Saturday, March 29, 2008

Taking the 'Broad Way'

My recent trip to New York was followed by a trip from Penn Station to Pittsburgh to visit family members. The train ride took me across one of the most famous railroads in American history; the 'Broad Way' of the Pennsy.

The Pennsylvania Railroad's premier train was the Broadway Limited, traveling between New York and Chicago from 1912 until 1995, outliving even the great PRR. Interestingly enough, while the Broadway served Manhattan Island at Pennsylvania Station, it was named not after New York's most famous street, but rather the 'broad way' which the Pennsy had carved across the country. Much of the railroad had been built four tracks wide, making it exceptional in American railroading.

Even today, much of the Northeast Corridor is four tracks wide; a legacy of good planning. Only in 1981 did Conrail remove the fourth track through the Horseshoe Curve. The curve took the Pennsylvania Railroad's Main Line over the Alleghenies at Kittanning Gap and opened the west to rail travel. The Pennsy believed strongly in constructing a railroad that would last, and that meant using lots of stone construction. Today, trains still travel over a bridge that survived the Johnstown flood of 1889.

While the Broadway survived, the Pennsylvania became a fallen flag after being merged with rival New York Central into Penn Central in 1968. The Broadway outlasted the Twentieth Century Limited as well, showpiece of the New York Central, when it was canceled December 2, 1967. In 1995, Amtrak discontinued the Broadway Limited, and September 9th marked the last day of service under that brand.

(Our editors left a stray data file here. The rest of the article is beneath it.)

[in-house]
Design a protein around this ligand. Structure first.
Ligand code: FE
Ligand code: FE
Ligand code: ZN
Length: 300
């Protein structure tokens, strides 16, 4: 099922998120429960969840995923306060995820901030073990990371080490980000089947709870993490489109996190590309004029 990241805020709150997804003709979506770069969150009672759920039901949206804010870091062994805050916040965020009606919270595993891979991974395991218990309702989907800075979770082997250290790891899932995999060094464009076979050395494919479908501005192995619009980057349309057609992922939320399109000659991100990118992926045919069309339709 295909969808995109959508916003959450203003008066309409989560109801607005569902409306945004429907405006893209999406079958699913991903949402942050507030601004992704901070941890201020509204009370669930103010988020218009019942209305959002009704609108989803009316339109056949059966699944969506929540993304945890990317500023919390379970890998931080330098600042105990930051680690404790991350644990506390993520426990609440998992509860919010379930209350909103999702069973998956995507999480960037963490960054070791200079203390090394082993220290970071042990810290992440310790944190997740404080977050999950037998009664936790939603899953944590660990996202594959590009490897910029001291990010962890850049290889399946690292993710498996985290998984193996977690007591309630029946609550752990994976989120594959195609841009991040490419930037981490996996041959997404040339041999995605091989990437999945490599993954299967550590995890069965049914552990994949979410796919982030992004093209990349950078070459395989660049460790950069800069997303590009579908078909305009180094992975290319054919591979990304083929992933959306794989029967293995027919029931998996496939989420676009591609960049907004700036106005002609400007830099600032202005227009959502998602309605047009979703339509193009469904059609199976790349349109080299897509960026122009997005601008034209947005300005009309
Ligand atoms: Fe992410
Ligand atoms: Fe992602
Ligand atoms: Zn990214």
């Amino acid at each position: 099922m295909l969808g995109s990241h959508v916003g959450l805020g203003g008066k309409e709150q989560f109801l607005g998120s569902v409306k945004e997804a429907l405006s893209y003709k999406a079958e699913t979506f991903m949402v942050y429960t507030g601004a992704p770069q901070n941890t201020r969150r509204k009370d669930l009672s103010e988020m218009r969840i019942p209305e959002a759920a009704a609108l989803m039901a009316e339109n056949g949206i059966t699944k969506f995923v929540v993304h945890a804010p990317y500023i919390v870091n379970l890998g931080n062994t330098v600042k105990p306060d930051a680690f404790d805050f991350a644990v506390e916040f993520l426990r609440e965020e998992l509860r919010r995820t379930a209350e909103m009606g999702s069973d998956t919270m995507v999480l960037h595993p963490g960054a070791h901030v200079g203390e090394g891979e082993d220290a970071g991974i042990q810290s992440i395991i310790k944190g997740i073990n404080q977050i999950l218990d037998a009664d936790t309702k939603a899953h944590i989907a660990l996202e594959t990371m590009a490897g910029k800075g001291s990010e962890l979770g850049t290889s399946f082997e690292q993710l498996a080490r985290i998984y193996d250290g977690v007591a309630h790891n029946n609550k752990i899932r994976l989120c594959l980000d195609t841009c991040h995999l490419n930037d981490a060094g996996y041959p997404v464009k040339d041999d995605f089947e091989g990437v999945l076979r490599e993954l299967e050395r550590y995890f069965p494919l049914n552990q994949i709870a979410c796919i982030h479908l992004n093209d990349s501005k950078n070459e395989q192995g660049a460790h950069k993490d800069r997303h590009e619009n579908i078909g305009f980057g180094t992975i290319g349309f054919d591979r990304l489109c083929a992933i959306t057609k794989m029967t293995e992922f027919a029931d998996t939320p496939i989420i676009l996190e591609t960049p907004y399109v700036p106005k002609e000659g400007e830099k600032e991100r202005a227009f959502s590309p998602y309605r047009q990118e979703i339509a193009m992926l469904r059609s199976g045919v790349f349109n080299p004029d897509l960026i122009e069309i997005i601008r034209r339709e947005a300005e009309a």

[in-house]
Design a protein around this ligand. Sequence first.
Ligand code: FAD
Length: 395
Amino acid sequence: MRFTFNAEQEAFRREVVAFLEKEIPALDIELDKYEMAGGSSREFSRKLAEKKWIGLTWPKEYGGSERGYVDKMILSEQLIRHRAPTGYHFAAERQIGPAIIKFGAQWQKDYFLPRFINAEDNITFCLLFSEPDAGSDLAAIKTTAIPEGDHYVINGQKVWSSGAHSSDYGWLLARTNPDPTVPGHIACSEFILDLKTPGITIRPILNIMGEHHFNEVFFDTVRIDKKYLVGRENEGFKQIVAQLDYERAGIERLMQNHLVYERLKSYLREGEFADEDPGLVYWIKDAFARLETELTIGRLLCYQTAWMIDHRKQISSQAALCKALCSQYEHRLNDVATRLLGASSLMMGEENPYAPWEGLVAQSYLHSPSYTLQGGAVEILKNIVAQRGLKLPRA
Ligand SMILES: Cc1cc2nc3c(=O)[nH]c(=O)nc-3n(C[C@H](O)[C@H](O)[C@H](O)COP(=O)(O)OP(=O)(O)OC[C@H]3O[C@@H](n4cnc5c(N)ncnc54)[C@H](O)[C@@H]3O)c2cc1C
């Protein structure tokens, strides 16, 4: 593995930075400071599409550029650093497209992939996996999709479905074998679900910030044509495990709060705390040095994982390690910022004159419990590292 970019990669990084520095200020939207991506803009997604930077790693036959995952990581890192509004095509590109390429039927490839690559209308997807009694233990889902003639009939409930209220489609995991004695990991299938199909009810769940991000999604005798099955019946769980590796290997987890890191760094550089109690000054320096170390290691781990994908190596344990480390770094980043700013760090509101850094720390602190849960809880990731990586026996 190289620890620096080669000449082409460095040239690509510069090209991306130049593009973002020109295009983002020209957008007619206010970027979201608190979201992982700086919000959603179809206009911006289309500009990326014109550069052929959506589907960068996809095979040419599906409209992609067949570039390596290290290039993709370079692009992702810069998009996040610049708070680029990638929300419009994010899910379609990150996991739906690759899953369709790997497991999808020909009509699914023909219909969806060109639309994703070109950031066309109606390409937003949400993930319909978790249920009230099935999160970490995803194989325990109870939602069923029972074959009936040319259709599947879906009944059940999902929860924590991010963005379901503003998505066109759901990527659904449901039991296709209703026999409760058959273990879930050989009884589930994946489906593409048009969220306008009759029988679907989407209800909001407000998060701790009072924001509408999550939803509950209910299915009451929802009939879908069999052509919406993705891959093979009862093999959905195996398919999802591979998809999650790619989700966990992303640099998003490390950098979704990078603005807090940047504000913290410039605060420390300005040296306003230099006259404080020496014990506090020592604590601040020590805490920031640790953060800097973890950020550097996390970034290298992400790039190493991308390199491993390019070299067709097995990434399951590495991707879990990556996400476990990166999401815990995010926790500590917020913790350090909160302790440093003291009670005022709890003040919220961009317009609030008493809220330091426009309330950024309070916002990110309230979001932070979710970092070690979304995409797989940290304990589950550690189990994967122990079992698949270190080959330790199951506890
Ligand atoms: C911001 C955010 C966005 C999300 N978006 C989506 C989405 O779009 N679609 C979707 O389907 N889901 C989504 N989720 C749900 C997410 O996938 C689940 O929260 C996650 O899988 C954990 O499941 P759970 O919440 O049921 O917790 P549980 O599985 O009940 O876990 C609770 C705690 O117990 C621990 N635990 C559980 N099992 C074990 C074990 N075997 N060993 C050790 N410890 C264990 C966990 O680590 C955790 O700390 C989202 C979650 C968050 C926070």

Service was briefly resurrected in 2005, as the Three Rivers, but today passengers can take the train only from New York to Pittsburgh aboard the Pennsylvanian. At Pittsburgh, they have to change to the former-B&O's flagship (flagtrain?), the Capitol Limited to continue to Chicago.

My journey across Pennsylvania by train was moving for me. The Broadway was my introduction to rail travel, at least through television. A PBS special, "Great Railway Journeys of the World," did an episode on 'America' (filmed in the early 1980s). The narrator traveled from New York to Los Angeles, and he started by purchasing a ticket for the Broadway. The film showed a train pulled by a former PRR GG1, painted black with 'Amtrak' in all white letters. At Harrisburg, the camera sweeps across a decaying station where grass pokes up through the platforms and light streams through holes in the roof. He takes this time to lament the sorry state of passenger rail travel in the United States.

Now, having made the journey myself, I have to say that Amtrak has made huge strides in improvement. The station at Harrisburg is in much better shape and while the Amfleet equipment isn't the same as the all-Pullman Broadway, it's better than the hand-me-downs that Amtrak started out with in the 1970s.

This trip brought to 21 the number of states I've traveled through on Amtrak. I added New York, New Jersey, and Delaware. My train trips over the last three years have taken me aboard:
  • The Heartland Flyer (OK, TX)
  • The Coast Starlight (WA, OR, CA)
  • The Capitol Corridor (CA)
  • The Capitol Limited (IL, IN, OH, PA, MD, WV)
  • The Crescent (LA, MS, AL, GA, SC, NC, VA)
  • Regional Service (PA, DE, MD) and
  • The Pennsylvanian (NY, NJ, PA)
At any rate, two of the most scenic trips I have made are those going through the Alleghenies, the Capitol Limited and the Pennsylvanian. I took some photos on my most recent trip:

A farm slides rapidly by near Lancaster

In the distance, the cooling towers
at the Three Mile Island Nuclear
Power Plant release steam (the
towers at left are connected to
Reactor 2, which partially melted down
in 1979, and are no longer functional)

Crossing the Susquehanna,
Harrisburg is on the horizon

NS helper units push a
freight up the Horseshoe
Curve near Altoona as we
pass by on the center track

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